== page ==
Freedom of the Press
Press Freedom Score (0 = best, 100 = worst)
Legal Environment(0 = best, 30 = worst)
Political Environment(0 = best, 40 = worst)
Economic Environment(0 = best, 30 = worst)
Conditions for press freedom and freedom of expression in 2011 remained largely unchanged from the previous year. The press continued to operate in a climate of fear due to legal and extralegal pressure, while the government ignored calls for accountability regarding past cases of murder and abuse targeting journalists.
Although Article 34 of the constitution provides for freedom of the press and freedom of expression, the government does not respect these rights in practice. Constitutional protections are undermined by other legislation, primarily the 2004 Newspaper Amendment Act, which requires newspapers to reregister and imposes excessive bonds on media institutions, as well as a 2004 criminal law that mandates stiff penalties for offenses including publication of false information, sedition, and libel. These provisions give the authorities great power to silence dissent. A 2005 press law guarantees the right of citizens to obtain information and prohibits censorship, but there are broad restrictions on any content that is considered contrary to the principles of Islam or offensive to other religions. Media outlets are sometimes fined and journalists are occasionally arrested for disseminating “un-Islamic material,” leading to self-censorship.
Efforts to hold the government accountable for past mistreatment of journalists have borne little fruit. In December 2010, in a case brought in 2008 by the Ghana-based Media Foundation of West Africa, the Economic Community of West African States (ECOWAS) Court of Justice ordered the Gambian government to pay $200,000 in compensation to exiled Gambian journalist Musa Saidykhan, who had been detained and tortured for three weeks by state security agents in 2006. At the time of his arrest, Saidykhan was editor in chief of the Independent, a weekly that has since been banned. Upon his release, he fled to the United States. The government ignored the court’s ruling in 2011. In 2008, the ECOWAS court ordered the Gambian government to release and compensate “Chief” Ebrimah Manneh, who was arrested in 2007 by state security agents and has been missing since then. The government rejected that decision in April 2009, with the attorney general and justice minister formally declaring that Manneh was not in government custody. In October 2011, Justice Minister Edward Gomez claimed in an interview with the Daily News that Manneh was alive, though he did not reveal more information about his whereabouts. Manneh’s arrest and disappearance came after he published a report in the independent Daily Observer that was critical of President Yahya Jammeh and his government’s failure to investigate the 2004 assassination of journalist and press freedom activist Deyda Hydara. Inquiries into the Hydara case had stalled in early 2005 following a leaked intelligence report that smeared the slain journalist.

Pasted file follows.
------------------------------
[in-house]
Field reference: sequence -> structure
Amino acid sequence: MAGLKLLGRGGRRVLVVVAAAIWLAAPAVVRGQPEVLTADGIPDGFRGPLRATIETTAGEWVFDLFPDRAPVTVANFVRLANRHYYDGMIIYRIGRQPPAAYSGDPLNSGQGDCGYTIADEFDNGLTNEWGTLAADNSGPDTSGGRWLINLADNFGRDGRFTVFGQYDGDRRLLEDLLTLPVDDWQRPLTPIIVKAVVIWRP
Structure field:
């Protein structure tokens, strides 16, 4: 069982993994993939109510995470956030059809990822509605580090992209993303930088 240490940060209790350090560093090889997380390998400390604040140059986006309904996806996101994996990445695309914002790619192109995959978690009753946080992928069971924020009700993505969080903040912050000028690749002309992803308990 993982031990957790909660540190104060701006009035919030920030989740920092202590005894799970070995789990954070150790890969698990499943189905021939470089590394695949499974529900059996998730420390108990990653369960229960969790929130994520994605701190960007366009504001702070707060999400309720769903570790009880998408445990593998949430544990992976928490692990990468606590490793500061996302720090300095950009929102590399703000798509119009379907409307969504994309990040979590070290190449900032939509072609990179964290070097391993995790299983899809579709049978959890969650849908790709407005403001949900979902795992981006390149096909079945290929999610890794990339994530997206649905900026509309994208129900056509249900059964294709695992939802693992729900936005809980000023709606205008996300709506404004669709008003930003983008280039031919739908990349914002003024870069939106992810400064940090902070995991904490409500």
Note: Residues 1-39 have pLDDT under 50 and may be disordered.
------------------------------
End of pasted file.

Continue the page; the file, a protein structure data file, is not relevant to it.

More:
As Gambians went to the polls in November 2011 to reelect Jammeh to a fourth five-year term, he publicly vilified journalists who were demanding more press freedom. Reporters from news outlets that are perceived to be critical of the government are routinely denied access to public information and excluded from official events.
Arrests and intimidation of journalists did not ease in 2011. In January, community radio station Taranga FM, the only private radio station broadcasting news in local languages, was ransacked and forcibly closed by security agents. The station was reopened one month later on the condition that it refrain from airing reviews of opposition newspapers. In August, the National Intelligence Agency forced Taranga FM to drop its local language news and current affairs programs under threat of closure. Other cases of intimidation included that of Nanama Keita, former sports editor of the Daily Observer, who was arrested in July and charged with giving false information to a public servant. He fled the country while on bail. His bond holder, Saikou Ceesay of the Daily News, was arrested in November and forced to pay a $3,500 fine before being released. In a separate case in March, journalist Dodou Sanneh was arrested after petitioning the president to be reinstated at Gambia Radio and Television Services, the public broadcaster, having been dismissed in 2006; he was convicted of giving false information to a public servant and fined in September. Another journalist, former Gambian Press Union president N’dey Tapha Sosseh, was charged—along with former information minister Amadou Scattred Janneh and two others—with treason and sedition in July for distributing t-shirts that called for an end to the dictatorship. At their trial in December, the accused refused to mount a defense. A verdict was pending at year’s end.
The government owns The Gambia Info newspaper, a national radio station, and the only national television station. Political news coverage at these outlets generally toes the official line. There are eight private newspapers and nine private radio stations. Private media outlets are subject to official pressure, and many have toned down coverage of the opposition. Most businesses avoid advertising with private media outlets for fear of government reprisals. A premium television network operates as a locally based satellite station. Foreign news services are rebroadcast on several local radio stations. The government did not interfere with access to foreign cable or satellite television news broadcasts in 2011, which were generally available to most citizens.
About 11 percent of the population had access to the internet in 2011. The online news sites Freedom and The Gambia Echo, both based in the United States, have periodically been blocked by the authorities.